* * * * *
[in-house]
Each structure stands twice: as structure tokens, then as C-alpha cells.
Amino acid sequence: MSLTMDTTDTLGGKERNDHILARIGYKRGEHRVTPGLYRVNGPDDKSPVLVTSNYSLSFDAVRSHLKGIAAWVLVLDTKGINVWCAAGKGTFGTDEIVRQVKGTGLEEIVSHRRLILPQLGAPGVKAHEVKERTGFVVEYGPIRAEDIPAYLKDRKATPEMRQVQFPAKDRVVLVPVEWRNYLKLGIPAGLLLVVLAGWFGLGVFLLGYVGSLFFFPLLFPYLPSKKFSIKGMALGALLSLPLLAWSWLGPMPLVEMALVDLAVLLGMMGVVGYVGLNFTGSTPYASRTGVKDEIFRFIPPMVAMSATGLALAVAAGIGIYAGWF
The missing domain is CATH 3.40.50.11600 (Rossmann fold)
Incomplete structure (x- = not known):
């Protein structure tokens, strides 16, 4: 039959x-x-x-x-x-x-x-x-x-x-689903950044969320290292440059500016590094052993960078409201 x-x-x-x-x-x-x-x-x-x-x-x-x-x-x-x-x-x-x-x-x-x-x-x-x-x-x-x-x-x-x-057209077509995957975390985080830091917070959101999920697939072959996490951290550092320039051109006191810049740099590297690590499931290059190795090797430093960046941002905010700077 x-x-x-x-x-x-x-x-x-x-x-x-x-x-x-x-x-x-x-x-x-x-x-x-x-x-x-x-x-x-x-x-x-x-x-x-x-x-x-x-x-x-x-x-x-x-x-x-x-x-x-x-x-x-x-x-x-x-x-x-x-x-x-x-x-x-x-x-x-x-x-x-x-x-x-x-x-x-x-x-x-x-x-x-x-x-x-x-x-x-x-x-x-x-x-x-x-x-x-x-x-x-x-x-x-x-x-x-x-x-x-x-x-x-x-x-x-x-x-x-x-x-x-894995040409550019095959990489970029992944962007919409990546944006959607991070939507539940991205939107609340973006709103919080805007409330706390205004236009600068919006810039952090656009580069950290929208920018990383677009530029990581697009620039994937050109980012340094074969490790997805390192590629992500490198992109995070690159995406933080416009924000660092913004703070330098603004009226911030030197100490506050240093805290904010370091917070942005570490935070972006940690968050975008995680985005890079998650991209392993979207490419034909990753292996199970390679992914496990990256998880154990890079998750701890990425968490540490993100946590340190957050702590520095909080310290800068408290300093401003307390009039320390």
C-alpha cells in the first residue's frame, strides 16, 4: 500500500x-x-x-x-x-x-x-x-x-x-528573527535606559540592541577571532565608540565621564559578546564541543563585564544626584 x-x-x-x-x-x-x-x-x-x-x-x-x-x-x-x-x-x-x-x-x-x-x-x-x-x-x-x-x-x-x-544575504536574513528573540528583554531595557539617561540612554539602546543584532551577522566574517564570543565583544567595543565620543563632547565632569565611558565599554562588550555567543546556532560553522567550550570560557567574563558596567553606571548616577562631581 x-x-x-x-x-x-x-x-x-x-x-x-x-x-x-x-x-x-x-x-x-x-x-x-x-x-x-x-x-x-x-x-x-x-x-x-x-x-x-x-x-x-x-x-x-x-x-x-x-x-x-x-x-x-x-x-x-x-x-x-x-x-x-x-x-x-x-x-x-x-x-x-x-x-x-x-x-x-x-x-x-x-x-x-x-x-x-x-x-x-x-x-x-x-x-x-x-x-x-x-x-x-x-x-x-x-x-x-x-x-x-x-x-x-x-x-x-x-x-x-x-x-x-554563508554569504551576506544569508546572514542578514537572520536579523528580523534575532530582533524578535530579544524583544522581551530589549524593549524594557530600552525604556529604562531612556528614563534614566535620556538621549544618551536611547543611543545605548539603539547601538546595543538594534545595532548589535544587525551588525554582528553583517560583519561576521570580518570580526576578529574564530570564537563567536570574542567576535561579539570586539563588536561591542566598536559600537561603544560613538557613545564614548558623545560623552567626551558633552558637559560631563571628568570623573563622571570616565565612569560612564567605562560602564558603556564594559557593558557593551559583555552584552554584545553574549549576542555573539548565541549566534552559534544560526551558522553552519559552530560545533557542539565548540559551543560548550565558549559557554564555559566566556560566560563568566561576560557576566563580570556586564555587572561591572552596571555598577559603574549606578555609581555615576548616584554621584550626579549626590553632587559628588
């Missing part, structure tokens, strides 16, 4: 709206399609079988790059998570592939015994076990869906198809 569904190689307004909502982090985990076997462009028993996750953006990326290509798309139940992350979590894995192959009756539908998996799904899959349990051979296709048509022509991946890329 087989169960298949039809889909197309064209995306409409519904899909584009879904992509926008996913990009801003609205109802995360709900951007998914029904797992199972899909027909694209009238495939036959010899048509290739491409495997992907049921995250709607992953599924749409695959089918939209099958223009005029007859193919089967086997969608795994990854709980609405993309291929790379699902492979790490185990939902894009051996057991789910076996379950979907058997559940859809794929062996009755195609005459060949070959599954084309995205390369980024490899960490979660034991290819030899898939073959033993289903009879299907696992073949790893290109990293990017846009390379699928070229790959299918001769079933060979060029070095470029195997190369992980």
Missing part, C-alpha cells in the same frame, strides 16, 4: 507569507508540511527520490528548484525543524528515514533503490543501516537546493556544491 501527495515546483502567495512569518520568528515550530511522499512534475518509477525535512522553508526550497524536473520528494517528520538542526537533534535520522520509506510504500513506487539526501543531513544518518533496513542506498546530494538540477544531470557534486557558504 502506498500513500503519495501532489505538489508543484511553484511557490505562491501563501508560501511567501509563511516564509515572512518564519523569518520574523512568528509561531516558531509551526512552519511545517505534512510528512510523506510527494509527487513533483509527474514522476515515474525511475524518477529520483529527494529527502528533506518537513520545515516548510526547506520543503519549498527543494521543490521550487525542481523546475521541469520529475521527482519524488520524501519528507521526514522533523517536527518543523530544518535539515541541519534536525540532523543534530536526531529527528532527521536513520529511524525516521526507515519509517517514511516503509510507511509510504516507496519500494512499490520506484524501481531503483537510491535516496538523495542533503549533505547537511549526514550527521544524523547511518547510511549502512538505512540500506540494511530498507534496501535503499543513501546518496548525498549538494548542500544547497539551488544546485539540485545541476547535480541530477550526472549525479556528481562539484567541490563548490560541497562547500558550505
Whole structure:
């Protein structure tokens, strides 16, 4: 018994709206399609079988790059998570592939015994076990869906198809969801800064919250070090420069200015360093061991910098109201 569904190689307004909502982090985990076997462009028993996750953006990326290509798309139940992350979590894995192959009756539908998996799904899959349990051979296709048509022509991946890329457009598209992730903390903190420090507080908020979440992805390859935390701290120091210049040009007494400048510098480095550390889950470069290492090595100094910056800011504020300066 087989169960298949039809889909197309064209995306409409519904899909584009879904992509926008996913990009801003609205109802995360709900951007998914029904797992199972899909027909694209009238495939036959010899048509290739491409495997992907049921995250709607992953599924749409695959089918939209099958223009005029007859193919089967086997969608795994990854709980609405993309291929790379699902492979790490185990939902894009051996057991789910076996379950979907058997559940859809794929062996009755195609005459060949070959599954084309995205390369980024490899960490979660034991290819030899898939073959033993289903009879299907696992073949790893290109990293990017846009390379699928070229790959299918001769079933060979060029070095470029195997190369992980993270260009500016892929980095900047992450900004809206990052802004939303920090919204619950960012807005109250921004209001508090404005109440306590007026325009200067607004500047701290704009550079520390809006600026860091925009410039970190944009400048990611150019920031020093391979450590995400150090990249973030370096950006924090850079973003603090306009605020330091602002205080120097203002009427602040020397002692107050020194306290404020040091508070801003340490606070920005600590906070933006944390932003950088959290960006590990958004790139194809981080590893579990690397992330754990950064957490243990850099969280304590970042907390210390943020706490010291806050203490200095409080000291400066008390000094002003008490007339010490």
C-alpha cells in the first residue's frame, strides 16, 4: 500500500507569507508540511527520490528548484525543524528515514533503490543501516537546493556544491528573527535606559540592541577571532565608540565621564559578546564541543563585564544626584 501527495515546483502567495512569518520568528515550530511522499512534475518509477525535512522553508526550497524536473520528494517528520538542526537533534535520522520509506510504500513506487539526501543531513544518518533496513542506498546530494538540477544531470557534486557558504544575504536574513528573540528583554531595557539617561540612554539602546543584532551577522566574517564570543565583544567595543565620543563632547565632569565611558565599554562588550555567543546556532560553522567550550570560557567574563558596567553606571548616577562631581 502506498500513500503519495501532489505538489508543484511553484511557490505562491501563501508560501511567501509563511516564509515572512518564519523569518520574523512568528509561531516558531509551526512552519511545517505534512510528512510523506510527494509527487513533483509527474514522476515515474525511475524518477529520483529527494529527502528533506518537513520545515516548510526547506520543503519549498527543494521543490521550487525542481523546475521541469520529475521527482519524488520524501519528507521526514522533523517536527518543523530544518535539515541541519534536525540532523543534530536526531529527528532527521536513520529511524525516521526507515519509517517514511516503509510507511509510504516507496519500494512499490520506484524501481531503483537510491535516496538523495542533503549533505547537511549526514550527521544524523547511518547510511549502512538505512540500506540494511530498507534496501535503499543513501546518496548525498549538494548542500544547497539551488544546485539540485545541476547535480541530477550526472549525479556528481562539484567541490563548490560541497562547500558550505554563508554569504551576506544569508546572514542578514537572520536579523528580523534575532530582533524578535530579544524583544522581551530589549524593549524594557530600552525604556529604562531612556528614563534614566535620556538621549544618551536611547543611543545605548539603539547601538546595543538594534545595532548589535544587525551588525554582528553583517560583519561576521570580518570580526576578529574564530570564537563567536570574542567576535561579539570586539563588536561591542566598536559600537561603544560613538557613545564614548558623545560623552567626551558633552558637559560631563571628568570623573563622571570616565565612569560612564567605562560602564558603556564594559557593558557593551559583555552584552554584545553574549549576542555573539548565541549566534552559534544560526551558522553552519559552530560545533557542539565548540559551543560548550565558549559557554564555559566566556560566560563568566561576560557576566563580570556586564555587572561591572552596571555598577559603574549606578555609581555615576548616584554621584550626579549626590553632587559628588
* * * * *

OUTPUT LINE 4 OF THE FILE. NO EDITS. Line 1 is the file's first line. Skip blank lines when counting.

The missing domain is CATH 3.40.50.11600 (Rossmann fold)